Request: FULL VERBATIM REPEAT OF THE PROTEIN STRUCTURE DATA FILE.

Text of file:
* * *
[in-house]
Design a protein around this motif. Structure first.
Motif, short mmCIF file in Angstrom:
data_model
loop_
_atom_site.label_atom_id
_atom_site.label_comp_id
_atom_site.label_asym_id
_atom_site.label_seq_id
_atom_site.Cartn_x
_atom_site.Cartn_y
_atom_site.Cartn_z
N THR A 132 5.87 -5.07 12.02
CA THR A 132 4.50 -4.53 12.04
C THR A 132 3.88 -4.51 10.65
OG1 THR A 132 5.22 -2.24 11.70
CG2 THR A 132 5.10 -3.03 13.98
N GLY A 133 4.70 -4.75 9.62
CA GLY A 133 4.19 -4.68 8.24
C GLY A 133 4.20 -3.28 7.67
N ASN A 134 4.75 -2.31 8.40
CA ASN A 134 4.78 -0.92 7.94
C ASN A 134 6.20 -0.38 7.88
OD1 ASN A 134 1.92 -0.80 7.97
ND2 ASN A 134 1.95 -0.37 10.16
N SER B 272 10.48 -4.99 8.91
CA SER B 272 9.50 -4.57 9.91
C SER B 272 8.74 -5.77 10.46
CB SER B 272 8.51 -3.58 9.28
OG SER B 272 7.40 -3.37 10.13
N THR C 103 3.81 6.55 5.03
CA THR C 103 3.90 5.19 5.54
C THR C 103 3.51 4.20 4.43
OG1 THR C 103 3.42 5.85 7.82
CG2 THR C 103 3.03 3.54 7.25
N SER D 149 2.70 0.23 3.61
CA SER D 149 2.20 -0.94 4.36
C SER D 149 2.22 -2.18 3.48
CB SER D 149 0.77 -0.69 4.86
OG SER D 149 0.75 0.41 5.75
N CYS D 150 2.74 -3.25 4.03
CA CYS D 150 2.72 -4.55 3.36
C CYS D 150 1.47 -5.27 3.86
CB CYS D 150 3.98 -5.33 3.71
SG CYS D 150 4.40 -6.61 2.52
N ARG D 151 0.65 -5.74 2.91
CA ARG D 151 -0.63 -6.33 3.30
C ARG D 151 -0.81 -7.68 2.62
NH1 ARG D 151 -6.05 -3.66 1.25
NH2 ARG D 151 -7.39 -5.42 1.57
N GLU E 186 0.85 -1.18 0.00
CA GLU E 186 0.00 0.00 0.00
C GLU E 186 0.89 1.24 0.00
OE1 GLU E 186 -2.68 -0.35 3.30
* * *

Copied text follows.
[in-house]
Design a protein around this motif. Structure first.
Motif, short mmCIF file in Angstrom:
data_model
loop_
_atom_site.label_atom_id
_atom_site.label_comp_id
_atom_site.label_asym_id
_atom_site.label_seq_id
_atom_site.Cartn_x
_atom_site.Cartn_y
_atom_site.Cartn_z
N THR A 132 5.87 -5.07 12.02
CA THR A 132 4.50 -4.53 12.04
C THR A 132 3.88 -4.51 10.65
OG1 THR A 132 5.22 -2.24 11.70
CG2 THR A 132 5.10 -3.03 13.98
N GLY A 133 4.70 -4.75 9.62
CA GLY A 133 4.19 -4.68 8.24
C GLY A 133 4.20 -3.28 7.67
N ASN A 134 4.75 -2.31 8.40
CA ASN A 134 4.78 -0.92 7.94
C ASN A 134 6.20 -0.38 7.88
OD1 ASN A 134 1.92 -0.80 7.97
ND2 ASN A 134 1.95 -0.37 10.16
N SER B 272 10.48 -4.99 8.91
CA SER B 272 9.50 -4.57 9.91
C SER B 272 8.74 -5.77 10.46
CB SER B 272 8.51 -3.58 9.28
OG SER B 272 7.40 -3.37 10.13
N THR C 103 3.81 6.55 5.03
CA THR C 103 3.90 5.19 5.54
C THR C 103 3.51 4.20 4.43
OG1 THR C 103 3.42 5.85 7.82
CG2 THR C 103 3.03 3.54 7.25
N SER D 149 2.70 0.23 3.61
CA SER D 149 2.20 -0.94 4.36
C SER D 149 2.22 -2.18 3.48
CB SER D 149 0.77 -0.69 4.86
OG SER D 149 0.75 0.41 5.75
N CYS D 150 2.74 -3.25 4.03
CA CYS D 150 2.72 -4.55 3.36
C CYS D 150 1.47 -5.27 3.86
CB CYS D 150 3.98 -5.33 3.71
SG CYS D 150 4.40 -6.61 2.52
N ARG D 151 0.65 -5.74 2.91
CA ARG D 151 -0.63 -6.33 3.30
C ARG D 151 -0.81 -7.68 2.62
NH1 ARG D 151 -6.05 -3.66 1.25
NH2 ARG D 151 -7.39 -5.42 1.57
N GLU E 186 0.85 -1.18 0.00
CA GLU E 186 0.00 0.00 0.00
C GLU E 186 0.89 1.24 0.00
OE1 GLU E 186 -2.68 -0.35 3.30